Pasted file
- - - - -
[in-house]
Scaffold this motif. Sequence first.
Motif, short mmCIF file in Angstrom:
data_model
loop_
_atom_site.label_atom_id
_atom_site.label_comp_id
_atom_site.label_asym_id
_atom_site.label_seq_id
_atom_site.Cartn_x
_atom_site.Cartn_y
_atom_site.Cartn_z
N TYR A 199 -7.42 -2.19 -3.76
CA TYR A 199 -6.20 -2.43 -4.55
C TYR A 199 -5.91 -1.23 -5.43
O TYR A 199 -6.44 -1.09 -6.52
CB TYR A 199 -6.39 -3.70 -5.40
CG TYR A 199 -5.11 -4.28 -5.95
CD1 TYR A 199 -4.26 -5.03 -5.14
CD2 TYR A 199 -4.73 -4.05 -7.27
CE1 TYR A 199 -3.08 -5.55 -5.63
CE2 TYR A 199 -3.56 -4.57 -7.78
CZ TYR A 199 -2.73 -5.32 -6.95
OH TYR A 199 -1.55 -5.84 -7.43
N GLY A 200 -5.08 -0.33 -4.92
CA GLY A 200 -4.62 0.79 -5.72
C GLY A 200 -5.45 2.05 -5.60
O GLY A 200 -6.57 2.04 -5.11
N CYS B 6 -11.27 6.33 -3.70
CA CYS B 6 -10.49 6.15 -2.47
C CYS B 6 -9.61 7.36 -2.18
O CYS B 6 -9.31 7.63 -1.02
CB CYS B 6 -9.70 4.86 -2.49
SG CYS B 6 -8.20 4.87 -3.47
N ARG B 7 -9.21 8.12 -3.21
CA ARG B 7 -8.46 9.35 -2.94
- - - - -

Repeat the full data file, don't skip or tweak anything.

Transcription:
[in-house]
Scaffold this motif. Sequence first.
Motif, short mmCIF file in Angstrom:
data_model
loop_
_atom_site.label_atom_id
_atom_site.label_comp_id
_atom_site.label_asym_id
_atom_site.label_seq_id
_atom_site.Cartn_x
_atom_site.Cartn_y
_atom_site.Cartn_z
N TYR A 199 -7.42 -2.19 -3.76
CA TYR A 199 -6.20 -2.43 -4.55
C TYR A 199 -5.91 -1.23 -5.43
O TYR A 199 -6.44 -1.09 -6.52
CB TYR A 199 -6.39 -3.70 -5.40
CG TYR A 199 -5.11 -4.28 -5.95
CD1 TYR A 199 -4.26 -5.03 -5.14
CD2 TYR A 199 -4.73 -4.05 -7.27
CE1 TYR A 199 -3.08 -5.55 -5.63
CE2 TYR A 199 -3.56 -4.57 -7.78
CZ TYR A 199 -2.73 -5.32 -6.95
OH TYR A 199 -1.55 -5.84 -7.43
N GLY A 200 -5.08 -0.33 -4.92
CA GLY A 200 -4.62 0.79 -5.72
C GLY A 200 -5.45 2.05 -5.60
O GLY A 200 -6.57 2.04 -5.11
N CYS B 6 -11.27 6.33 -3.70
CA CYS B 6 -10.49 6.15 -2.47
C CYS B 6 -9.61 7.36 -2.18
O CYS B 6 -9.31 7.63 -1.02
CB CYS B 6 -9.70 4.86 -2.49
SG CYS B 6 -8.20 4.87 -3.47
N ARG B 7 -9.21 8.12 -3.21
CA ARG B 7 -8.46 9.35 -2.94